Sehnsucht (Live in Rotterdam)

Sehnsucht (Live in Rotterdam)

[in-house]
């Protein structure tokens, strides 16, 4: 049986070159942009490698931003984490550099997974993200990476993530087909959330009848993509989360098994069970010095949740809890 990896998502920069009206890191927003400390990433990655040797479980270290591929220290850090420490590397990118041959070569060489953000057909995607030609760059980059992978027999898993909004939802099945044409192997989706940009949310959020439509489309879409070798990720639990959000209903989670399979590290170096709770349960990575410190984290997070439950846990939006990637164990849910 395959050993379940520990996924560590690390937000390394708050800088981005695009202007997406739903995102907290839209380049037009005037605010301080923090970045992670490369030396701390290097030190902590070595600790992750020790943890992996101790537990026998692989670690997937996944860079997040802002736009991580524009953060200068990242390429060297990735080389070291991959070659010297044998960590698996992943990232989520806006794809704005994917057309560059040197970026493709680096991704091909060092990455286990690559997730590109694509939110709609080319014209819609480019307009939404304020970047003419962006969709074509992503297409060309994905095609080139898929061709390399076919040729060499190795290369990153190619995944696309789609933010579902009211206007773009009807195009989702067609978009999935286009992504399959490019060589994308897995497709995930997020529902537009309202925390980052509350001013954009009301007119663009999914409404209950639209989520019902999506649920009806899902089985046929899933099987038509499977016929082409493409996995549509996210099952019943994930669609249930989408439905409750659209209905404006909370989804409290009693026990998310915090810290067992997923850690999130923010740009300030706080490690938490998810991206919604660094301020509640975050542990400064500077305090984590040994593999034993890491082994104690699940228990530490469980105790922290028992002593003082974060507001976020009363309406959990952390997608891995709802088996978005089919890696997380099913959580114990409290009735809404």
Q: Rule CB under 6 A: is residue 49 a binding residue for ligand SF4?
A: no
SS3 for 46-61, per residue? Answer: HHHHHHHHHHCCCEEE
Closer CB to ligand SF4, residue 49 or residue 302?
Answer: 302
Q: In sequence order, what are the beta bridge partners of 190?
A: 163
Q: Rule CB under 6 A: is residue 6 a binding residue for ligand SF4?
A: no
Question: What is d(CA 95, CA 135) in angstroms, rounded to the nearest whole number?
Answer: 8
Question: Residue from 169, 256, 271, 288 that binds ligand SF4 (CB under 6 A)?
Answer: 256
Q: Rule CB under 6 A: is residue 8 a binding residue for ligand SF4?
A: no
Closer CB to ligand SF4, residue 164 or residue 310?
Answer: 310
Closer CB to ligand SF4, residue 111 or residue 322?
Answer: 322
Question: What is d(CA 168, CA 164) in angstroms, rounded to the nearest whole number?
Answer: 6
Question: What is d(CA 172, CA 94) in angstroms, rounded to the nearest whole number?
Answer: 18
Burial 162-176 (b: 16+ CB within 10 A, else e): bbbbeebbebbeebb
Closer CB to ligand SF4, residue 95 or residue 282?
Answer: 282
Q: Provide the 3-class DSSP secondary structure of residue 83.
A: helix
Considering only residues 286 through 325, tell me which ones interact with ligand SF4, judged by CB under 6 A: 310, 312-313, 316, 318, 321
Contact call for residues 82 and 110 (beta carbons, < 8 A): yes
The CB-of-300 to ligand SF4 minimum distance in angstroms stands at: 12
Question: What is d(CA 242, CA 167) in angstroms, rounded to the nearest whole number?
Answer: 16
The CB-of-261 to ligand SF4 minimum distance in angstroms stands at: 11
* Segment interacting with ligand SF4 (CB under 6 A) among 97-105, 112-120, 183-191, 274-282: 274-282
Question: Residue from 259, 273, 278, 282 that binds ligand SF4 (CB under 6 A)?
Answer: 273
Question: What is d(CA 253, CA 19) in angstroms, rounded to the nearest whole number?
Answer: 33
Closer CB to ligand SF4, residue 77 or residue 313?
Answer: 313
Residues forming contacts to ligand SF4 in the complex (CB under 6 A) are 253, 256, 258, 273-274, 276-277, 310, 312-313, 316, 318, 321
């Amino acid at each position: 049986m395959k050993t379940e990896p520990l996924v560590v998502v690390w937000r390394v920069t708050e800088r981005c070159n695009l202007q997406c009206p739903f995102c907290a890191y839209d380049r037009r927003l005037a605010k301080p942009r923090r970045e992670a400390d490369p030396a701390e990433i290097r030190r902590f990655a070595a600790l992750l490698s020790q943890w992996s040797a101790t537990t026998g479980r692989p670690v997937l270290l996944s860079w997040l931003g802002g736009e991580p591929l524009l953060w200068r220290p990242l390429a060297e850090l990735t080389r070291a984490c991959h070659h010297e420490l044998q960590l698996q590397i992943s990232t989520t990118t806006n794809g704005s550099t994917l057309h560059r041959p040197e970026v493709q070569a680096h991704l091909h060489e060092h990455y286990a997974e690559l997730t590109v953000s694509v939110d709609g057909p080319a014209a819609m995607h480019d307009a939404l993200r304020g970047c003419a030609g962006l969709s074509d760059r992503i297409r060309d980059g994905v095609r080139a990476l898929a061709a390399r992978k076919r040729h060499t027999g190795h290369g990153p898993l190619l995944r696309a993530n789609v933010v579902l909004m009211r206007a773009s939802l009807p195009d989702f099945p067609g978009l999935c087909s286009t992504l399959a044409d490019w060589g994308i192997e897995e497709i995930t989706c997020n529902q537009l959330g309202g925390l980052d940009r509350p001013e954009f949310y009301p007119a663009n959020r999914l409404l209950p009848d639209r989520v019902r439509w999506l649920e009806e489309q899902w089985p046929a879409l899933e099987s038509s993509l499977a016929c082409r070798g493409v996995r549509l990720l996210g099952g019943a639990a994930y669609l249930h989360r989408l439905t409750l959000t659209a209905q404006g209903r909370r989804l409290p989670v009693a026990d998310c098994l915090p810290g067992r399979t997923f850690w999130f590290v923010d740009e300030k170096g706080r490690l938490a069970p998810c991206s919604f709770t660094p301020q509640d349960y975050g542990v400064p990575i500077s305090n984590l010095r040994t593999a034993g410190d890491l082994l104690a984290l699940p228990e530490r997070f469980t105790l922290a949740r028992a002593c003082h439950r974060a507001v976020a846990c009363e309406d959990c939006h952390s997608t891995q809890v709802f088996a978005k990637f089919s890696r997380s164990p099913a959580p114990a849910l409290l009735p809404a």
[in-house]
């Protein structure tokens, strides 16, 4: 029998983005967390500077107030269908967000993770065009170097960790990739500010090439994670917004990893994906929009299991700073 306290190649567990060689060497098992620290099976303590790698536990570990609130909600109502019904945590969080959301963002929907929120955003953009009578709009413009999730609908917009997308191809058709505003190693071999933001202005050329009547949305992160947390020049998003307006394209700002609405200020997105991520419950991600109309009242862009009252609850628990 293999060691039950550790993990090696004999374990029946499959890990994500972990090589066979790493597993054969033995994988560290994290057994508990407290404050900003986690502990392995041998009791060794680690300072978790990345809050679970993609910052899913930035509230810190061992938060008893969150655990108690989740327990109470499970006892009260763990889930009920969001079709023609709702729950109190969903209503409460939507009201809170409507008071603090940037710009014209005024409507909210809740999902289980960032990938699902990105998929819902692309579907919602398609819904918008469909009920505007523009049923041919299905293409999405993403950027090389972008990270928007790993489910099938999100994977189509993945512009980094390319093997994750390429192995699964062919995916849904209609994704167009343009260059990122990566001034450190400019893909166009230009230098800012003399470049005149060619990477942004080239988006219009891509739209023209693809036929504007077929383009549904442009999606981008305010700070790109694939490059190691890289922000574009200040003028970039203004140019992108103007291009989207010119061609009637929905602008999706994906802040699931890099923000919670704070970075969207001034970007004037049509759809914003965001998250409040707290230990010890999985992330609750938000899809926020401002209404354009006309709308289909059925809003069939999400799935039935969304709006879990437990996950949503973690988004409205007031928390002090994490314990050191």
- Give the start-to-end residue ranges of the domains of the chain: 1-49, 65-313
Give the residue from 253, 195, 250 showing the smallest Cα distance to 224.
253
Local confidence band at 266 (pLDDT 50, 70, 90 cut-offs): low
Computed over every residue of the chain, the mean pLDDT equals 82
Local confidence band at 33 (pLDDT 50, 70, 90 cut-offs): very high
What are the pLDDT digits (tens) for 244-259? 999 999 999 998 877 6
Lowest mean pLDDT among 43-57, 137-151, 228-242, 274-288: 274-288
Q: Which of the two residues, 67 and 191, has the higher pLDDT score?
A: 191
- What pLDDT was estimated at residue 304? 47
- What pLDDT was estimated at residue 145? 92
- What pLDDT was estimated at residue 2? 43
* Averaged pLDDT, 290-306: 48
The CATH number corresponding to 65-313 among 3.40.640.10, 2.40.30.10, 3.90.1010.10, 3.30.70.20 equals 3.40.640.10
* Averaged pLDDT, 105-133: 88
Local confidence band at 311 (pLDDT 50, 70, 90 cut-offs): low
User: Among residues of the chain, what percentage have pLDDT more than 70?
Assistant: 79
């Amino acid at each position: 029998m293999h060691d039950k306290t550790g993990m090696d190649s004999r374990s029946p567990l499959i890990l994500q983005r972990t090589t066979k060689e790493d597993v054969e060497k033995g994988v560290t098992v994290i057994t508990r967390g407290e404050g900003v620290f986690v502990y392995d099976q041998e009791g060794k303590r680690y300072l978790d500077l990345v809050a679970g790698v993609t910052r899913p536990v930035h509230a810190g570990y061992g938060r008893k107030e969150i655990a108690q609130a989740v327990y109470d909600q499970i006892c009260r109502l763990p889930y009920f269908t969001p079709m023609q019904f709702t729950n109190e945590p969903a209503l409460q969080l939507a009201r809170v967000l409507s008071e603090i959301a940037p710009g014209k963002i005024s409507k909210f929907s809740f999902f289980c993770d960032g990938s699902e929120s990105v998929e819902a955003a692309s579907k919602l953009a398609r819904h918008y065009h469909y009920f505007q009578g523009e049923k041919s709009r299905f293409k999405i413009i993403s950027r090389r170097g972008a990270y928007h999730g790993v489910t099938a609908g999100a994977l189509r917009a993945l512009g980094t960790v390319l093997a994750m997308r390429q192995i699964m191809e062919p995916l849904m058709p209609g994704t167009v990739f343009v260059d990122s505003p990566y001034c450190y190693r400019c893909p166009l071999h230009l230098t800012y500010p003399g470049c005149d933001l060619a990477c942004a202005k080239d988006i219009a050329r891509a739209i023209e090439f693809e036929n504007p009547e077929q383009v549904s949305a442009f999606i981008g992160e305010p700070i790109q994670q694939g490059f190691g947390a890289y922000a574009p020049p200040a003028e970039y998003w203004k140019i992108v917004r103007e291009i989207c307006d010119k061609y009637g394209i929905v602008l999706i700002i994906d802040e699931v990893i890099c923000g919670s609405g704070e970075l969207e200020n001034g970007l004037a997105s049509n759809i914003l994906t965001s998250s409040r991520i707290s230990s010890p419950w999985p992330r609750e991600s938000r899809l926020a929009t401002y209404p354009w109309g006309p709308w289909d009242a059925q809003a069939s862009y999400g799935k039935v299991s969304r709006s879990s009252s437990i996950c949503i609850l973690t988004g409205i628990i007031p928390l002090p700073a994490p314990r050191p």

The Canadian soprano Barbara Hannigan is a veteran of the concept album. With Vienna, La Passione, Crazy Girl Crazy, and Dance With Me, the music is always placed within the broader cultural trends of a specific era. It’s the same with Sehnsucht, but this time the album’s German title is a little more difficult to define. “The word is nearly untranslatable,” Hannigan tells Apple Music. “Desire, nostalgia, melancholy come close, but there is something else—a longing for something which cannot be. A loss which leaves only an endless yearning.” Late 19th- and early 20th-century Vienna was a fertile incubator of this “Sehnsucht,” and its influence suffuses Hannigan’s new album connecting songs by Alban Berg with Gustav Mahler’s Symphony No. 4. Hannigan has clear ideas about why a Sehnsucht epidemic thrived in this particular period. “I think it has to do with the Industrial Revolution,” she says. “When trains were invented, they moved at a pace which enabled musicians to start touring, and everything started to change. What we knew as settling and being in one place, with notions of safety and home, wasn’t our world anymore. The train was like what the internet is for us now.” That sense of sudden uprooting and impermanence is examined in the Berg songs on Sehnsucht, which are marked by what Hannigan calls the “decaying harmony” of their musical language. There is longing in Mahler’s Fourth Symphony, too, especially its finale, where a child describes an idyllically heavenly place in song. Sehnsucht was recorded in April 2021 as a concert for online streaming during the COVID pandemic. There was no live audience, which, for Hannigan and her musicians, created a different kind of longing for concerts to be truly “live” again, with people physically present and listening. “I didn’t want us to face an empty concert hall, so we did it in the round, facing one another, with beautiful lighting and a beautiful setup,” Hannigan recalls. “And there was a special kind of intimacy about that. A strange new hybrid.” Read on as Barbara Hannigan shares her thoughts on each of the works on Sehnsucht. 7 Frühe Lieder (Berg) “I’d already recorded Berg’s Seven Early Songs with Reinbert De Leeuw on piano. On this album, we’re doing Reinbert’s chamber arrangement of the songs, which exist also in a version for full orchestra. Reinbert was my mentor, and now I’m able to transmit my love for this music to the younger artists on the album, including conductor Rolf Verbeek and players from the Royal Concertgebouw Orchestra. All three versions of these songs are extremely interesting, and the first time I sang Reinbert’s version was with the conductor and composer Pierre Boulez. The Seven Early Songs often have an indirect, mysterious quality about them, and the way Reinbert reflects that in the various instruments is fascinating. The world that emerges has a quality of something forbidden, something untouchable, a love or desire that’s almost painful to experience. I could sing these songs forever.” 4 Gesänge, Op. 2 (Berg) “I’ve never sung Berg’s Four Songs, Op. 2 because they’re not written for my voice type. But I love them and have taught them a lot in master classes. They’re sung on this album by the Dutch baritone Raoul Steffani, a member of my young-artist program Equilibrium. For composers of this era like Mahler, Berg, and Schoenberg, writing songs was the most fertile, experimental garden for composers to develop their harmonic language. And this is what you hear in the Op. 2 of Berg—the development of what would come later, for instance, in his operas Wozzeck and Lulu. There are a lot of references to sleep in these songs, and in the age of Freud, people were starting to think about the subconscious. So, in Berg’s Four Songs, going to sleep means entering the world of dreams, like an invitation to a different psychological reality.” Symphony No. 4 (Mahler) “There are dreams in Mahler’s Fourth Symphony, too. I sing in the finale, where I am looking through the eyes of a child at a place where there is enough food to live on, where good and bad exist together, and yet one can still appreciate the beauty of music, of color, of dancing, and of being alive. Is it a child who is already in Heaven or a child who’s looking at Heaven from the outside? My gut says the child has already gone to Heaven, having perished at the hands of death in the second movement. We use a chamber reduction of the symphony in this performance, and singing with just 12 musicians is really a luxury, not least because the balance of voice and instruments is much better. And to sing with Marc Daniel van Biemen, the principal violinist, was just joyful—he’s such a great player.”

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